Released in December of 2004, Cave Story landed on the PC and was one of the games to kickstart the modern indie game scene. Daisuke Amaya (known by his creative name Pixel) created the title over five years in his spare time, and it stood out in the market upon its release. It’s had numerous re-releases since then and launched on the Nintendo Switch in 2017, so we clamped on down recently and jumped on in to enjoy the experience.
It’s a fairly standard looking 2D platformer with all the common mechanics you’d expect, but what becomes quickly obvious is the extent of the surreal Japanese quirkiness involved. It’s mental, but that’s a good thing. In fact, the game has become particularly renowned for its effective use of quirky storytelling, as well as being a captivating game… let us review it then, yes?
Indie games had been around long before the 2000s, but from circa 2004 (thanks to technological advancements and the internet) it became possible for a lot more people, and small development teams, to get involved. They’re still most evident on the PC (principally Steam) and many hark back to SNES/NES era gaming, with the Metroidvania genre being particularly influential.
Anyway, Cave Story concerns an unnamed character (who’s a soldier from “the surface” of the world) awakes with no memory having apparently fallen into a netherworld. He stumbles across a small village called Mimiga where a bunch of bunny rabbit creatures live, but they’re being persecuted by an individual known as the Doctor. As the player, it’s your task to restore order.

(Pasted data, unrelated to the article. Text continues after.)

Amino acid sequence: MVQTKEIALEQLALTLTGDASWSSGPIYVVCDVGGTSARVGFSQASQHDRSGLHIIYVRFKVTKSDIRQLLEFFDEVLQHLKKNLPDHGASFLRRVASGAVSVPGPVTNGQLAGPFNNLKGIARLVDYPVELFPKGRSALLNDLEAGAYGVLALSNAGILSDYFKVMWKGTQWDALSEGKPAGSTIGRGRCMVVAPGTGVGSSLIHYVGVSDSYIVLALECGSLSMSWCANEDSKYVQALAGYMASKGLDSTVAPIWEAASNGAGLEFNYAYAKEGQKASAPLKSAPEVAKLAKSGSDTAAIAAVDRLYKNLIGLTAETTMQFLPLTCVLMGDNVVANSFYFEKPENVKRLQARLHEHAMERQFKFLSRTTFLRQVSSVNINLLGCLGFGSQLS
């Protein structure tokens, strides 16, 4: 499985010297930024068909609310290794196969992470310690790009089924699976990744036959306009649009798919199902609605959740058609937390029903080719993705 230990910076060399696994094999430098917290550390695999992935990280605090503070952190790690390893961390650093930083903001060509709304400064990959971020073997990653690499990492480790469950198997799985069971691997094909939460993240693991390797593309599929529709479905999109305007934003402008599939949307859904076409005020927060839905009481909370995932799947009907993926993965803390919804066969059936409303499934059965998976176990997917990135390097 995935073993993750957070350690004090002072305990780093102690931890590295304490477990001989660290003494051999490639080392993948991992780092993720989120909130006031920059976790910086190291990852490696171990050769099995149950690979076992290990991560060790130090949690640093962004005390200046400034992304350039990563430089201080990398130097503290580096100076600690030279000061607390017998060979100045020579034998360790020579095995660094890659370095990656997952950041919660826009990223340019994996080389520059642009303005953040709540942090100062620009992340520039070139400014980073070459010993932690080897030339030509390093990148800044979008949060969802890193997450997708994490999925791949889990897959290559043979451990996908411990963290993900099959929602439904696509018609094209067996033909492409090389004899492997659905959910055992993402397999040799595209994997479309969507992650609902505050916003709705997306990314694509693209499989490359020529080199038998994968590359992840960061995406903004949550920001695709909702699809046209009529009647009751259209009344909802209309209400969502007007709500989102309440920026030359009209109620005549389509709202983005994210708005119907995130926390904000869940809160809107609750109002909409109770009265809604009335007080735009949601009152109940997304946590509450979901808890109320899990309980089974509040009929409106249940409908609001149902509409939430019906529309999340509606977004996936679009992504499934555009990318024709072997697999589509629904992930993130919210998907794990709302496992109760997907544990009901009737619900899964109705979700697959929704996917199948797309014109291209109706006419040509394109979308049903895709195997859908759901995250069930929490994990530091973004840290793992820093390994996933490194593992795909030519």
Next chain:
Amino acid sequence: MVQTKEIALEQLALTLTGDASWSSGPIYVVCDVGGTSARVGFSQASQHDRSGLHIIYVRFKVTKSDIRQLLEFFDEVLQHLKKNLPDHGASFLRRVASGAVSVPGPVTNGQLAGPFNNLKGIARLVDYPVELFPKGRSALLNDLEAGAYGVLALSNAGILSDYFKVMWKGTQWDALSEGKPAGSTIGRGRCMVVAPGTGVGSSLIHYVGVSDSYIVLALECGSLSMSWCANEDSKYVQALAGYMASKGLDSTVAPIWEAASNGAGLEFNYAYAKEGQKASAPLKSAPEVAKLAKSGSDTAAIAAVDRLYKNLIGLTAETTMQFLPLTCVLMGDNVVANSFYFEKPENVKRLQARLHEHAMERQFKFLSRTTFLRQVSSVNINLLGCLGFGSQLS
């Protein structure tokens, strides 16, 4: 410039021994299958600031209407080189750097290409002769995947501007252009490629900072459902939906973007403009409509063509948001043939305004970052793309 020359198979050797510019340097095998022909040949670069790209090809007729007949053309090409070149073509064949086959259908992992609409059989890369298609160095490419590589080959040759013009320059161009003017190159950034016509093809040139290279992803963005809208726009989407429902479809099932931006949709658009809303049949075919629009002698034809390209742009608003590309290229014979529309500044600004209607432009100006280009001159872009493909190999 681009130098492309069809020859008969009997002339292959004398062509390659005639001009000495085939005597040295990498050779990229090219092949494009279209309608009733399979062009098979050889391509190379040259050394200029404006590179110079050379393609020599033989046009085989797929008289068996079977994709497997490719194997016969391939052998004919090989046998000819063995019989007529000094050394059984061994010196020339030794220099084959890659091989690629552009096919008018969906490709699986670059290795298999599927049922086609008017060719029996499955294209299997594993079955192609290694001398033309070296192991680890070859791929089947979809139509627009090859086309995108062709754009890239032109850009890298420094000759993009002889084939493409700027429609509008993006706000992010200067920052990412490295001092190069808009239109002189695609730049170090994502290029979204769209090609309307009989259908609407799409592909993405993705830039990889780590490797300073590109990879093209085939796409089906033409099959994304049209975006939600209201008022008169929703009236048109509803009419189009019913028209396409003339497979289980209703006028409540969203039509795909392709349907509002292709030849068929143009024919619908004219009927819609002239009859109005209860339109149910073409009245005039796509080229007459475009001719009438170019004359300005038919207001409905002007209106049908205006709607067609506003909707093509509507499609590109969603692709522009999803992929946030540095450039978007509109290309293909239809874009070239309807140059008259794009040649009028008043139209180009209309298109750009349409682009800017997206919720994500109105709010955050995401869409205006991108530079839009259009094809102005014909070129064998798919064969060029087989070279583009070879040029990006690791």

One of the bizarre things with the Cave Story+ Switch release remains the idiotic price tag. Yes, there’s been a minor graphical upgrade and some new features, but for an indie game that’s 13 years old Nintendo went for a £27 price tag. What? Anyway, it hit the sales recently and we picked it up at a massively reduced price, helped along by an extra £3 off we had through out “Nintendo points” (NERDS!).
The explanation for the higher tag is the fact it’s revamped, it’s a recognised classic, and we should feel privileged to play the thing on the excellent Switch. There’s certainly a sense of delight whenever you get to play a game in handheld mode (the Nintendo Switch functions as a console you can play on your TV, or take it with you as a handheld), and it works particularly well with indie games like this as it makes for a more engrossing experience.
Our feelings, in summary – good game. Great in places, too. It’s reminiscent of so many warped Japanese titles from the SNES era, but there are noticeable problems. The control system is quite loose and makes for pixel perfect jumping requirements. We also found the soundtrack to be, whilst great in places, thoroughly flawed and outright bad in others.
It is, however, an engaging Metroidvania experience overall that thoroughly draws you in as you advance through it. There are frustrations along the way and we believe there are now much better indie games available to you as this side of the industry has advanced a remarkable amount since 2004, but as a landmark title and a bold step in a new direction for the video game industry this one still hits the mark.